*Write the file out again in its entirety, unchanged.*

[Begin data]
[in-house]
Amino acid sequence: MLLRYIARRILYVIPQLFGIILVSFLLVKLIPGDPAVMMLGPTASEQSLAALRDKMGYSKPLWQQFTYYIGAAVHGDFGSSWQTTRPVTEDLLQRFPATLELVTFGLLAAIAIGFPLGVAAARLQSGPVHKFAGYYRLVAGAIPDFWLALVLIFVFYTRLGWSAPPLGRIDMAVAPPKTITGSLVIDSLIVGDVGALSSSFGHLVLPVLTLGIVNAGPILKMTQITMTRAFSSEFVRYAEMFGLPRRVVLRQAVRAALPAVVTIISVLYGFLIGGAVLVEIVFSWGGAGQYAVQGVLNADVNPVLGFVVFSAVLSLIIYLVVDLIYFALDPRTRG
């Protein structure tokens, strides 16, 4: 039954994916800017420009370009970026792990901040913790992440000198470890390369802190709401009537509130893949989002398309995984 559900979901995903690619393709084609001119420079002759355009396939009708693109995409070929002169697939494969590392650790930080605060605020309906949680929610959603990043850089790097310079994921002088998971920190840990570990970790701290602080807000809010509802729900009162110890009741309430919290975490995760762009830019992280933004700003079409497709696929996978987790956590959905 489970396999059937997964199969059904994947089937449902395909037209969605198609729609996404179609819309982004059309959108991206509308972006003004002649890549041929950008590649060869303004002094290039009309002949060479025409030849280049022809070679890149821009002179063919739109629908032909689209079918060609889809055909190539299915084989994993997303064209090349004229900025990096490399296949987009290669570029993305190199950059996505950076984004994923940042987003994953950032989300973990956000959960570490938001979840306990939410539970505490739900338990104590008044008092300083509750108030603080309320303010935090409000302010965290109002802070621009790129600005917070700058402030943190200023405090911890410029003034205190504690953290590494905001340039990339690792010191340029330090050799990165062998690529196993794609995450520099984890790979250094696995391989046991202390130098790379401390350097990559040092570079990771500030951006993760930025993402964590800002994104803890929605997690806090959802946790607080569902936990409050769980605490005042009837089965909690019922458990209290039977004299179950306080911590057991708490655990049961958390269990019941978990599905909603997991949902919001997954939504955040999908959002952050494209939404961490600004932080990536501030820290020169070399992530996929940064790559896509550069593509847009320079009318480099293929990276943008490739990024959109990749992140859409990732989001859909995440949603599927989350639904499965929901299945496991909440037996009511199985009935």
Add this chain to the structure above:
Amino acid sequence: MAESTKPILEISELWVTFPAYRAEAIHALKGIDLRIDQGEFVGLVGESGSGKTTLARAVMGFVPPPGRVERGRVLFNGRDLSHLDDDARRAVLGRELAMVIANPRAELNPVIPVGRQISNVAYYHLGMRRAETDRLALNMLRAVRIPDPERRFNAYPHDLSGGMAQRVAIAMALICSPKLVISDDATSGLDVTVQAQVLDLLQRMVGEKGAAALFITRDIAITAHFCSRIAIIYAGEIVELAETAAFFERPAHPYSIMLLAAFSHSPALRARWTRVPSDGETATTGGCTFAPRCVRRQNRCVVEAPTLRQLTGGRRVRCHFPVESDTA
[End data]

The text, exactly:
[in-house]
Amino acid sequence: MLLRYIARRILYVIPQLFGIILVSFLLVKLIPGDPAVMMLGPTASEQSLAALRDKMGYSKPLWQQFTYYIGAAVHGDFGSSWQTTRPVTEDLLQRFPATLELVTFGLLAAIAIGFPLGVAAARLQSGPVHKFAGYYRLVAGAIPDFWLALVLIFVFYTRLGWSAPPLGRIDMAVAPPKTITGSLVIDSLIVGDVGALSSSFGHLVLPVLTLGIVNAGPILKMTQITMTRAFSSEFVRYAEMFGLPRRVVLRQAVRAALPAVVTIISVLYGFLIGGAVLVEIVFSWGGAGQYAVQGVLNADVNPVLGFVVFSAVLSLIIYLVVDLIYFALDPRTRG
């Protein structure tokens, strides 16, 4: 039954994916800017420009370009970026792990901040913790992440000198470890390369802190709401009537509130893949989002398309995984 559900979901995903690619393709084609001119420079002759355009396939009708693109995409070929002169697939494969590392650790930080605060605020309906949680929610959603990043850089790097310079994921002088998971920190840990570990970790701290602080807000809010509802729900009162110890009741309430919290975490995760762009830019992280933004700003079409497709696929996978987790956590959905 489970396999059937997964199969059904994947089937449902395909037209969605198609729609996404179609819309982004059309959108991206509308972006003004002649890549041929950008590649060869303004002094290039009309002949060479025409030849280049022809070679890149821009002179063919739109629908032909689209079918060609889809055909190539299915084989994993997303064209090349004229900025990096490399296949987009290669570029993305190199950059996505950076984004994923940042987003994953950032989300973990956000959960570490938001979840306990939410539970505490739900338990104590008044008092300083509750108030603080309320303010935090409000302010965290109002802070621009790129600005917070700058402030943190200023405090911890410029003034205190504690953290590494905001340039990339690792010191340029330090050799990165062998690529196993794609995450520099984890790979250094696995391989046991202390130098790379401390350097990559040092570079990771500030951006993760930025993402964590800002994104803890929605997690806090959802946790607080569902936990409050769980605490005042009837089965909690019922458990209290039977004299179950306080911590057991708490655990049961958390269990019941978990599905909603997991949902919001997954939504955040999908959002952050494209939404961490600004932080990536501030820290020169070399992530996929940064790559896509550069593509847009320079009318480099293929990276943008490739990024959109990749992140859409990732989001859909995440949603599927989350639904499965929901299945496991909440037996009511199985009935």
Add this chain to the structure above:
Amino acid sequence: MAESTKPILEISELWVTFPAYRAEAIHALKGIDLRIDQGEFVGLVGESGSGKTTLARAVMGFVPPPGRVERGRVLFNGRDLSHLDDDARRAVLGRELAMVIANPRAELNPVIPVGRQISNVAYYHLGMRRAETDRLALNMLRAVRIPDPERRFNAYPHDLSGGMAQRVAIAMALICSPKLVISDDATSGLDVTVQAQVLDLLQRMVGEKGAAALFITRDIAITAHFCSRIAIIYAGEIVELAETAAFFERPAHPYSIMLLAAFSHSPALRARWTRVPSDGETATTGGCTFAPRCVRRQNRCVVEAPTLRQLTGGRRVRCHFPVESDTA